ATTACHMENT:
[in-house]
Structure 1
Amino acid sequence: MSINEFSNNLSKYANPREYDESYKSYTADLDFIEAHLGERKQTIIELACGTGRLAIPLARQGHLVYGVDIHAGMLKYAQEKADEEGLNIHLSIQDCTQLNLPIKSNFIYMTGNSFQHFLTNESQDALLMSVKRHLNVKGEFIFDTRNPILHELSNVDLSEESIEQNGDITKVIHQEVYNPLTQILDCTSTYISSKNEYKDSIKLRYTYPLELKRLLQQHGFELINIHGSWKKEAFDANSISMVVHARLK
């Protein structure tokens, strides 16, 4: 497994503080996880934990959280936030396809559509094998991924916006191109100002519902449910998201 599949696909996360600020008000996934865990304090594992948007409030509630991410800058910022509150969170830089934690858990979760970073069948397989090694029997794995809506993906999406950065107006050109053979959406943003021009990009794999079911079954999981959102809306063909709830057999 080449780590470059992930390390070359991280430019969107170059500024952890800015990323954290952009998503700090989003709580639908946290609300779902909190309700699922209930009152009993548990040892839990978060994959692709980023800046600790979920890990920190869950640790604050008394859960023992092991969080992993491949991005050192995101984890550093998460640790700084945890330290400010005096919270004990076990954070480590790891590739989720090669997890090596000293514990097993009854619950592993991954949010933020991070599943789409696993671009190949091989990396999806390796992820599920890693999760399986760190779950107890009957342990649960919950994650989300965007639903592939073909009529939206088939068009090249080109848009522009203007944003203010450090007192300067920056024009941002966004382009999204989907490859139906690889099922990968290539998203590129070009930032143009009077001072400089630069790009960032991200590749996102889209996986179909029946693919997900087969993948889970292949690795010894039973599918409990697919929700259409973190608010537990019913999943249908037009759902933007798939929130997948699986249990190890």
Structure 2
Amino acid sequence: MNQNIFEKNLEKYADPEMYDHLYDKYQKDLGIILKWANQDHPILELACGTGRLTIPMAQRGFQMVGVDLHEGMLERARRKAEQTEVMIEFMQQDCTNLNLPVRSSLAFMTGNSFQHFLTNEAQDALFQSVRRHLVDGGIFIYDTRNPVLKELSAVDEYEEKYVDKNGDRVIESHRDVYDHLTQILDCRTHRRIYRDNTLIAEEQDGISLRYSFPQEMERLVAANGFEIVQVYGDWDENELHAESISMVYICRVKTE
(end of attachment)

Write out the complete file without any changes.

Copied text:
[in-house]
Structure 1
Amino acid sequence: MSINEFSNNLSKYANPREYDESYKSYTADLDFIEAHLGERKQTIIELACGTGRLAIPLARQGHLVYGVDIHAGMLKYAQEKADEEGLNIHLSIQDCTQLNLPIKSNFIYMTGNSFQHFLTNESQDALLMSVKRHLNVKGEFIFDTRNPILHELSNVDLSEESIEQNGDITKVIHQEVYNPLTQILDCTSTYISSKNEYKDSIKLRYTYPLELKRLLQQHGFELINIHGSWKKEAFDANSISMVVHARLK
């Protein structure tokens, strides 16, 4: 497994503080996880934990959280936030396809559509094998991924916006191109100002519902449910998201 599949696909996360600020008000996934865990304090594992948007409030509630991410800058910022509150969170830089934690858990979760970073069948397989090694029997794995809506993906999406950065107006050109053979959406943003021009990009794999079911079954999981959102809306063909709830057999 080449780590470059992930390390070359991280430019969107170059500024952890800015990323954290952009998503700090989003709580639908946290609300779902909190309700699922209930009152009993548990040892839990978060994959692709980023800046600790979920890990920190869950640790604050008394859960023992092991969080992993491949991005050192995101984890550093998460640790700084945890330290400010005096919270004990076990954070480590790891590739989720090669997890090596000293514990097993009854619950592993991954949010933020991070599943789409696993671009190949091989990396999806390796992820599920890693999760399986760190779950107890009957342990649960919950994650989300965007639903592939073909009529939206088939068009090249080109848009522009203007944003203010450090007192300067920056024009941002966004382009999204989907490859139906690889099922990968290539998203590129070009930032143009009077001072400089630069790009960032991200590749996102889209996986179909029946693919997900087969993948889970292949690795010894039973599918409990697919929700259409973190608010537990019913999943249908037009759902933007798939929130997948699986249990190890």
Structure 2
Amino acid sequence: MNQNIFEKNLEKYADPEMYDHLYDKYQKDLGIILKWANQDHPILELACGTGRLTIPMAQRGFQMVGVDLHEGMLERARRKAEQTEVMIEFMQQDCTNLNLPVRSSLAFMTGNSFQHFLTNEAQDALFQSVRRHLVDGGIFIYDTRNPVLKELSAVDEYEEKYVDKNGDRVIESHRDVYDHLTQILDCRTHRRIYRDNTLIAEEQDGISLRYSFPQEMERLVAANGFEIVQVYGDWDENELHAESISMVYICRVKTE